The AHCA would force new moms on Medicaid to find work 60 days after labor.

The AHCA Would Force New Moms on Medicaid to Find Work 60 Days After Labor

The AHCA Would Force New Moms on Medicaid to Find Work 60 Days After Labor

The XX Factor
What Women Really Think
March 22 2017 2:09 PM

The AHCA Would Force New Moms on Medicaid to Find Work 60 Days After Labor

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Speaker of the House Paul Ryan presents the disastrous American Health Care Act on March 7, 2017.

Chip Somodevilla/Getty Images

On Monday night, Paul Ryan attempted to lure more of his far-right Republican compadres on board with the GOP’s proposed health care plan with a set of changes to the bill. The so-called “manager’s amendment” makes the American Health Care Act a significantly more conservative proposal that would mean severe cuts to coverage for the poorest Americans.

The AHCA, which would replace the Affordable Care Act, already represented a sweeping rollback of women’s health care coverage—it effectively dismantles all insurance coverage for abortion; eliminates requirements of essential services to be covered under Medicaid; and defunds Planned Parenthood, a move 75 percent of Americans oppose. Monday’s amendment goes even further to restrict women’s access to lifesaving care, particularly if they’re unemployed. Health Affairs has a good, detailed description of how the amendment slashes coverage standards for people on Medicaid in general and children in particular, who make up a disproportionate chunk of Medicaid enrollees.

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The worst provision in the manager’s amendment is a Medicaid work requirement that would allow states to revoke Medicaid coverage from new mothers who haven’t found a job within two months after giving birth. Medicaid currently offers essential resources for low-income women and their children, including screenings for postpartum depression, in-home educational visits, and check-ups, all of which help babies survive and mothers thrive. Forcing women to job hunt in the weeks immediately following her baby’s delivery—a crucial period for infant care and physical recovery—would be both shockingly cruel and counterproductive as public health policy. Even if Republicans don’t believe that every person deserves basic health care, regardless of income, they should recognize that the government has an interest in keeping children healthy. Healthy children become good students, responsible citizens, and productive workers. Cutting off health benefits from a mother in the first several weeks of her infant’s life sets both the mother and the infant up for a cascading set of impediments to physical and financial health.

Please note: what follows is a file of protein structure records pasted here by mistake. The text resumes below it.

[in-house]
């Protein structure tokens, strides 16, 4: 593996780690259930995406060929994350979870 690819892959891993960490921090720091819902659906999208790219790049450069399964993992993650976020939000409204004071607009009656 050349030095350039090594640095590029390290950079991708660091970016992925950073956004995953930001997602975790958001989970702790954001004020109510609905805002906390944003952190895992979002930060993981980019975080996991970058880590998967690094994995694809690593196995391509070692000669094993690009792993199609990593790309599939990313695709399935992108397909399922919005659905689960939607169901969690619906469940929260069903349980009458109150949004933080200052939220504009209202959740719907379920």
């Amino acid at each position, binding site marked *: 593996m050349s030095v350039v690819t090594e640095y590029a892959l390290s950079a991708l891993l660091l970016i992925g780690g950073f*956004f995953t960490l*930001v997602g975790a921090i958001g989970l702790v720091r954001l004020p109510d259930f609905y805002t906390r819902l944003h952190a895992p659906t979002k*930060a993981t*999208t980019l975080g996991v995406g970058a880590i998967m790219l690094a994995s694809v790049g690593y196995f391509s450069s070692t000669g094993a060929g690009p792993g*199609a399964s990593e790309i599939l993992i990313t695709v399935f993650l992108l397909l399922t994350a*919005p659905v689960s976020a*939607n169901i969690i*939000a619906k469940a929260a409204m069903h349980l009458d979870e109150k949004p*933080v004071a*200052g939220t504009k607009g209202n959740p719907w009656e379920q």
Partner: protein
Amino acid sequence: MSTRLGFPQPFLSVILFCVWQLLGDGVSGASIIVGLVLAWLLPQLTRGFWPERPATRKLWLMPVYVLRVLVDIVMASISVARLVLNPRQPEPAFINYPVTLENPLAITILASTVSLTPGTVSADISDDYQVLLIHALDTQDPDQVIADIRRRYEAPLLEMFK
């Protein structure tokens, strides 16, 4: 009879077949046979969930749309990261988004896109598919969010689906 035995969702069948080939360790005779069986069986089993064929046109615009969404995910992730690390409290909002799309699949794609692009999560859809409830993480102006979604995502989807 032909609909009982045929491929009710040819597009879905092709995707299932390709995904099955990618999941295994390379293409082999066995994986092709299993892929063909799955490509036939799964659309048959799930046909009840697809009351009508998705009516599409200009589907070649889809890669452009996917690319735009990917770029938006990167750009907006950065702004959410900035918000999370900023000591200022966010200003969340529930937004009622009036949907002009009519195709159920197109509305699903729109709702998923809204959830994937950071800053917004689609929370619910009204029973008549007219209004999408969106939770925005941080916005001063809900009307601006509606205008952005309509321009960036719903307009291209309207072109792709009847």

This proposal is astoundingly hypocritical, even by GOP standards. The party likes to make itself out to be a friend to fetuses by forcing women to give birth, but it keeps legislating policies that make motherhood a punishing prospect for all but the wealthiest women. With the manager’s amendment, the AHCA would make new mothers choose between taking care of their children and keeping their health care, a knot of psychic and financial stress no one should have to bear on top of the stress of new parenthood. The Medicaid work requirement is especially galling in light of Ivanka Trump’s recent efforts to paint herself as a reasonable, centrist bridge-builder on issues of paid family leave and affordable child care. If she and her father truly believe in making it easier for women and families to care for young children, they should come out as vocal opponents of this bill, which could force women to spend the first few weeks of their infants’ lives looking for work.